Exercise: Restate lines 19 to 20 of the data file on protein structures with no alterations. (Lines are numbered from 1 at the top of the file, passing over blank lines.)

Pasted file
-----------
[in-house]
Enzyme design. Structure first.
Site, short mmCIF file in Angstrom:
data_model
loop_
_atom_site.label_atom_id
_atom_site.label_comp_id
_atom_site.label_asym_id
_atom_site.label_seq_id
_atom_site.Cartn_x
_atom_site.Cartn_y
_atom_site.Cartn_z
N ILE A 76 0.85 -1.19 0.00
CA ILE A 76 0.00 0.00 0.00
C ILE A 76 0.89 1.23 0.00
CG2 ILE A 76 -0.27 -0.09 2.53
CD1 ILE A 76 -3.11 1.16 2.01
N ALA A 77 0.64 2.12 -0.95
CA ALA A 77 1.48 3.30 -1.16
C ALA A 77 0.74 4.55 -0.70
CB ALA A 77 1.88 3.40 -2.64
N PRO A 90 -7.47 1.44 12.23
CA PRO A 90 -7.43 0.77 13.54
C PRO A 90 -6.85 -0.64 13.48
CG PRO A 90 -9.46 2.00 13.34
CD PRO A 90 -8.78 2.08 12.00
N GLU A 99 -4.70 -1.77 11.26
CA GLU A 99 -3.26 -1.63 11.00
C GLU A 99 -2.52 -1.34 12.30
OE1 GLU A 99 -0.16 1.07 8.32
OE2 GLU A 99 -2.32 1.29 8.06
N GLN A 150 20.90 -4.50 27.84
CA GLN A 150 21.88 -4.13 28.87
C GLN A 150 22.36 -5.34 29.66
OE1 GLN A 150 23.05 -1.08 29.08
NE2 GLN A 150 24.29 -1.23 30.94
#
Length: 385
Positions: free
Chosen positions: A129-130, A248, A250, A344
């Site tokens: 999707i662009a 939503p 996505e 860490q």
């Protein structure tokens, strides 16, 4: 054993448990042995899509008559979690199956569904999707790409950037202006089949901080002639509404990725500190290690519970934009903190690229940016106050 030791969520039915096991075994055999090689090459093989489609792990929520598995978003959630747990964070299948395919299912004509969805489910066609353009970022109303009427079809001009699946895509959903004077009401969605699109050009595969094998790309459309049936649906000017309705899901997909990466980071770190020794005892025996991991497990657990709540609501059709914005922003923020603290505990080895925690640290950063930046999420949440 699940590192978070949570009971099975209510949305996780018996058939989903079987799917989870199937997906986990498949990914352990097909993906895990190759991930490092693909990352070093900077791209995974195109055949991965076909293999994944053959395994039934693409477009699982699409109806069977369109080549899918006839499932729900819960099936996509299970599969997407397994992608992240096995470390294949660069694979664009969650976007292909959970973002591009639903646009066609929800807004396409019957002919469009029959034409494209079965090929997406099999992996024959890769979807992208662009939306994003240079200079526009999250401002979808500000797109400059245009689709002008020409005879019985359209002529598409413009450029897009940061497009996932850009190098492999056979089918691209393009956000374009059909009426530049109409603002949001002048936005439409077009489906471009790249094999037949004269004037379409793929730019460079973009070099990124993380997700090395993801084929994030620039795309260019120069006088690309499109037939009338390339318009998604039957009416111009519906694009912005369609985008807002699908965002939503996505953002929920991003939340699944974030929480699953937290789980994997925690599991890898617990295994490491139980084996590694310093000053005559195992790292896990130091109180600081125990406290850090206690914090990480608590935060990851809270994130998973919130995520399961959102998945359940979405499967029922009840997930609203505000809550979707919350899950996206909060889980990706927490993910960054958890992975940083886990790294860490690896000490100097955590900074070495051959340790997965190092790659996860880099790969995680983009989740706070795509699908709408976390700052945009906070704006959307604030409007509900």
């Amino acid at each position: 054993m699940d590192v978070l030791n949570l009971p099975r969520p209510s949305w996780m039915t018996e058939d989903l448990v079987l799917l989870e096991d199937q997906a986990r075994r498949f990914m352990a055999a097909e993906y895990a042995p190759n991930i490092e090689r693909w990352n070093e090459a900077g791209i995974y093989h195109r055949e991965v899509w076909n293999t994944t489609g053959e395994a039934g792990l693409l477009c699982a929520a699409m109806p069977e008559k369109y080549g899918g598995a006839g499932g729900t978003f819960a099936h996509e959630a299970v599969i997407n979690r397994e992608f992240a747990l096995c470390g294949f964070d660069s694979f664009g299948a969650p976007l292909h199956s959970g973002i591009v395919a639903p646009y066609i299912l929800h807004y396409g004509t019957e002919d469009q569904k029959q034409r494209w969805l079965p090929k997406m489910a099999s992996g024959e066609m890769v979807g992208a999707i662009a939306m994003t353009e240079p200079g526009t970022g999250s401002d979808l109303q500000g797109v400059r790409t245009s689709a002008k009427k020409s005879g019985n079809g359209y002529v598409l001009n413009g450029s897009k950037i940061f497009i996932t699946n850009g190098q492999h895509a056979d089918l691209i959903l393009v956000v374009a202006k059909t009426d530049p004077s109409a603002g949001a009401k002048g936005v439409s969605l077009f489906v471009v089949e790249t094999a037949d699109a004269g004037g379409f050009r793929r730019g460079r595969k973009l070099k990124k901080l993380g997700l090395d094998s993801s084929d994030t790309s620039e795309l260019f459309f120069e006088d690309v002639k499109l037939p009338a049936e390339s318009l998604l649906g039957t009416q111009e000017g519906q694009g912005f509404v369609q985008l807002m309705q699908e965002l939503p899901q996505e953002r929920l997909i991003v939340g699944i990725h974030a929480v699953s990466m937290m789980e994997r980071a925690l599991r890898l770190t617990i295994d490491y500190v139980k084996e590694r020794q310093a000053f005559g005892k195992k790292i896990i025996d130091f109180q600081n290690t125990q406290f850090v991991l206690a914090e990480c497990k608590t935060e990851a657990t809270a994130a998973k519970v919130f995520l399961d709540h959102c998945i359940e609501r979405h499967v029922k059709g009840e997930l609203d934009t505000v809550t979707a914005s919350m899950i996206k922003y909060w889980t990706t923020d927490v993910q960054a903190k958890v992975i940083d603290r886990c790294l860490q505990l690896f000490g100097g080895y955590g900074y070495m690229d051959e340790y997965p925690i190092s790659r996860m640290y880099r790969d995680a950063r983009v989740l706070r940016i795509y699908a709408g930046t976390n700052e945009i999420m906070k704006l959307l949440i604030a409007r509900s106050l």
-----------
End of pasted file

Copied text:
CA ALA A 77 1.48 3.30 -1.16
C ALA A 77 0.74 4.55 -0.70